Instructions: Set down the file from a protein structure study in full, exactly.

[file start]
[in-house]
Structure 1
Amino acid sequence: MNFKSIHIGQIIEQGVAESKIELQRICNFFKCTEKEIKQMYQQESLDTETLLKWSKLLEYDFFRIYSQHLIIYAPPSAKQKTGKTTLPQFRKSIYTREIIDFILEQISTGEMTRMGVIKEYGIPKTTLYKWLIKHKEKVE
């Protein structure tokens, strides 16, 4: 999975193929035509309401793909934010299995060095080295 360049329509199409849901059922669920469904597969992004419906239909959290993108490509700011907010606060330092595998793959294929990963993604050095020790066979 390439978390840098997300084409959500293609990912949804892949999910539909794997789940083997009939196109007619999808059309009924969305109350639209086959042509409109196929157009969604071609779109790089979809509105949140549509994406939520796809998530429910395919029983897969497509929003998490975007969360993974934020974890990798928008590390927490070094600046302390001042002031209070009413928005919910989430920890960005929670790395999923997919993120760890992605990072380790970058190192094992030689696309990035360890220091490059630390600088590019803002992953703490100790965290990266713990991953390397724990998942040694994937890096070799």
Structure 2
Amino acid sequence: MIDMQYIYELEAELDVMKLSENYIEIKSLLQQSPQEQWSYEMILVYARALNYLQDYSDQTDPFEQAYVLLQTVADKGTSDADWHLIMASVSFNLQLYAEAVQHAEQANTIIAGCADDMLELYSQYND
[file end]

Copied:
[in-house]
Structure 1
Amino acid sequence: MNFKSIHIGQIIEQGVAESKIELQRICNFFKCTEKEIKQMYQQESLDTETLLKWSKLLEYDFFRIYSQHLIIYAPPSAKQKTGKTTLPQFRKSIYTREIIDFILEQISTGEMTRMGVIKEYGIPKTTLYKWLIKHKEKVE
């Protein structure tokens, strides 16, 4: 999975193929035509309401793909934010299995060095080295 360049329509199409849901059922669920469904597969992004419906239909959290993108490509700011907010606060330092595998793959294929990963993604050095020790066979 390439978390840098997300084409959500293609990912949804892949999910539909794997789940083997009939196109007619999808059309009924969305109350639209086959042509409109196929157009969604071609779109790089979809509105949140549509994406939520796809998530429910395919029983897969497509929003998490975007969360993974934020974890990798928008590390927490070094600046302390001042002031209070009413928005919910989430920890960005929670790395999923997919993120760890992605990072380790970058190192094992030689696309990035360890220091490059630390600088590019803002992953703490100790965290990266713990991953390397724990998942040694994937890096070799």
Structure 2
Amino acid sequence: MIDMQYIYELEAELDVMKLSENYIEIKSLLQQSPQEQWSYEMILVYARALNYLQDYSDQTDPFEQAYVLLQTVADKGTSDADWHLIMASVSFNLQLYAEAVQHAEQANTIIAGCADDMLELYSQYND